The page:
• Enhancing engineering design

that each have the potential to change and optimise the way industry designs and constructs concrete infrastructure. SmartCrete is looking for research proposals.


Decarbonised Infrastructure


Note: This challenge is closed, with project agreements being finalised.

Challenge #2 (Q2 / 2022-23)

Recarbonisation of cement emissions in Australia

Cement recarbonation refers to the process where part of the CO2 emitted during the cement production is re-absorbed by concrete in use through carbonation. Carbonation is a slow process that occurs in concrete where lime (calcium hydroxide) in the cement reacts with carbon dioxide from the air and forms calcium carbonate. Carbonation, commonly referred to as CO2 uptake, occurs during infrastructure use, end of life and secondary use stages (crushed concrete).

The International Panel for Climate Change (IPCC) has developed CO2 emission calculations for cement which are reported nationally and include emissions from calcination and fossil fuel combustion. Currently no consideration is given to the recarbonation of cement in concrete and a detailed investigation needs to be undertaken in Australia.

SmartCrete is looking for research proposal to undertake Tier 2 calculations for estimating the annual uptake of CO2 in existing concrete structures in Australia.


Recarbonisation of cement emissions in Australia


Note: This challenge is closed, with project agreements being finalised.

Challenge #1 (Q1 / 2022-23)

LC3 Market Pathways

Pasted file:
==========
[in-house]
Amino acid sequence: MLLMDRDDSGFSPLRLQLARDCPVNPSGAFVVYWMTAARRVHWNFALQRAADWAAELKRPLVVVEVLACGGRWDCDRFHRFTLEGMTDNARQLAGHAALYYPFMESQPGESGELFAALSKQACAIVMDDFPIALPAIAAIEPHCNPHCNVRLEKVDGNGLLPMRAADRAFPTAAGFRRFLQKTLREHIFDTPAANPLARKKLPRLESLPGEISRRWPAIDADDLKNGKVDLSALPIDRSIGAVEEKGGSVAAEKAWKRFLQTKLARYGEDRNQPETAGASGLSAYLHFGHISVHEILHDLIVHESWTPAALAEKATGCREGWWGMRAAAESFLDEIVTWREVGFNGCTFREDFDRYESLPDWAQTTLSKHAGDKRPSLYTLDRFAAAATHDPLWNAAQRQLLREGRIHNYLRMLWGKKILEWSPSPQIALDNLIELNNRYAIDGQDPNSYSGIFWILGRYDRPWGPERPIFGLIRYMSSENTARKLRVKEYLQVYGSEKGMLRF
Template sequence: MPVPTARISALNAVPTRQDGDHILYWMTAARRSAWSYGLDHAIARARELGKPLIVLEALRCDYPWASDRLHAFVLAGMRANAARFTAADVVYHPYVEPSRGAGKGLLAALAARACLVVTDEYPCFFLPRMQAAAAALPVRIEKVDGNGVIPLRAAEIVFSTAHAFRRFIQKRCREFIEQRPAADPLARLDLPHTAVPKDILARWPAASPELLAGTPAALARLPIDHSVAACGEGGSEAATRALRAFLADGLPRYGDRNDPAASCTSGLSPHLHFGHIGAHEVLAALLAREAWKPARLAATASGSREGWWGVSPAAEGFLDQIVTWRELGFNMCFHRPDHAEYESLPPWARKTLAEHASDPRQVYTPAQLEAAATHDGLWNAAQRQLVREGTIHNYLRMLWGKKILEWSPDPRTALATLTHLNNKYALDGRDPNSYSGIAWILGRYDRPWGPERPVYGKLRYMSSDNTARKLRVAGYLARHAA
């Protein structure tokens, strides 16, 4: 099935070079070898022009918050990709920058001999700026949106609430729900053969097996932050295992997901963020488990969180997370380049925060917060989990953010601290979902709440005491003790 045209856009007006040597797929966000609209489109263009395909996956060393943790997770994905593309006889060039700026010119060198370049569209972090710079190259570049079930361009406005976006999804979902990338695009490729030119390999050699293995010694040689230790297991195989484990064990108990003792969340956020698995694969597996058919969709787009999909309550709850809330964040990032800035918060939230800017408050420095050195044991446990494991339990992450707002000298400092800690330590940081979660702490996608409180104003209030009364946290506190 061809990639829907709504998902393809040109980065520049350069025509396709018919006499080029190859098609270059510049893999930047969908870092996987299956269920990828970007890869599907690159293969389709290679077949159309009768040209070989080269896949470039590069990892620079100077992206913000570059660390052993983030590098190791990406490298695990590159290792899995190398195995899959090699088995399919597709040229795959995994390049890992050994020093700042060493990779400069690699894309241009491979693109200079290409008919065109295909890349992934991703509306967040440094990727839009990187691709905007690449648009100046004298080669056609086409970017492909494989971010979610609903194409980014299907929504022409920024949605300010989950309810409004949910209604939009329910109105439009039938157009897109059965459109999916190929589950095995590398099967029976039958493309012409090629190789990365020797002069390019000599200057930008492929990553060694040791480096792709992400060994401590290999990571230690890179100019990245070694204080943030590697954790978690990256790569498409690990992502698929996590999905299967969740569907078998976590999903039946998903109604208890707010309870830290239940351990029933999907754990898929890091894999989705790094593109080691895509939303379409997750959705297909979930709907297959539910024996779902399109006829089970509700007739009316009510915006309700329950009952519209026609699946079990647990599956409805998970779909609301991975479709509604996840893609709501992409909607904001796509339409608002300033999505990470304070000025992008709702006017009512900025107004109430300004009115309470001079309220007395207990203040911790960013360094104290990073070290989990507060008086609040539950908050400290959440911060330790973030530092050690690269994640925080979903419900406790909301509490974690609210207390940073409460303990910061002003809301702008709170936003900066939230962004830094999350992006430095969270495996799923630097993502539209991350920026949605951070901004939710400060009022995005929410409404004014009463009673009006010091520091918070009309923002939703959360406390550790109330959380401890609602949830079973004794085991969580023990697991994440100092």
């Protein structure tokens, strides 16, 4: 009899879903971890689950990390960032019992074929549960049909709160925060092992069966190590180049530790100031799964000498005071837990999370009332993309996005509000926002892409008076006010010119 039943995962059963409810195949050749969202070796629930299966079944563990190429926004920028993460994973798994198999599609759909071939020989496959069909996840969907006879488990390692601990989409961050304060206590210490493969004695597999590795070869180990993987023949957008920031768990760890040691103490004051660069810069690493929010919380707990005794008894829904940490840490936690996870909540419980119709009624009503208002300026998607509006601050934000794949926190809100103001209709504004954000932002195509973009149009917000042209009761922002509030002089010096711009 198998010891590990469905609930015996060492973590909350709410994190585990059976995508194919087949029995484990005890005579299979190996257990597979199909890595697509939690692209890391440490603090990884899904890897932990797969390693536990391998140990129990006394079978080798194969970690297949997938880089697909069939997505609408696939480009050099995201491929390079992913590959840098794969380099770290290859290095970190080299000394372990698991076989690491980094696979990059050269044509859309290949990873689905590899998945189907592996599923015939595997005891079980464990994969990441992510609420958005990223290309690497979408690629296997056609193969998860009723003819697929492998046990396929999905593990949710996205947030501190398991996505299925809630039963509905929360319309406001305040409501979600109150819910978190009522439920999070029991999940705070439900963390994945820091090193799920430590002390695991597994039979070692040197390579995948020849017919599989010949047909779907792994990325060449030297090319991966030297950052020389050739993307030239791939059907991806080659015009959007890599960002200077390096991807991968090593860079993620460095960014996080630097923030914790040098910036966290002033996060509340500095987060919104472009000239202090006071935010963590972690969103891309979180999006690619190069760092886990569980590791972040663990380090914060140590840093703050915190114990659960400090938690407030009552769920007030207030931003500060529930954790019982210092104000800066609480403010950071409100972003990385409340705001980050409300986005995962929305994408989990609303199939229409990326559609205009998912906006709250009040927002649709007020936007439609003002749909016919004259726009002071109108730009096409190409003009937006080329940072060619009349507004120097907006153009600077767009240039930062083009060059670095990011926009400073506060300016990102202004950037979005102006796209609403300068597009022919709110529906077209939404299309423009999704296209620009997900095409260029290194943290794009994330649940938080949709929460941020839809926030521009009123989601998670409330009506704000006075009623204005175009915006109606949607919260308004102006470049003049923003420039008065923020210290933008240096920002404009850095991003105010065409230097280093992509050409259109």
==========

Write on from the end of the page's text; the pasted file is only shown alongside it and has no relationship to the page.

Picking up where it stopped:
Limestone Calcined Clay Cement (LC3) is a new low-carbon blended cement that allows cement manufacturers to reduce CO2 emissions from production. Due to the abundance of suitable clay sources available across Australia, there is an opportunity to introduce and adopt LC3 as an alternative supplementary cementitious material (SCM) to bridge future gaps when finite supplies of well understood SCMs (i.e. fly ash and slag) are expected to deplete.

However, to enable widespread adoption of LC3, it is crucial that the requirements and objectives of all key stakeholders across concrete value chain are considered and inform the product development and post-development activities.

Having consulted industry and collectively shortlisted key technical and commercial requirements, SmartCrete is now looking for research proposals that address those requirements and develop solutions that help accelerate the adoption of LC3 in Australia’s construction industry as a whole.

LC3 Market Pathways


Note: This challenge is closed, with project agreements being finalised.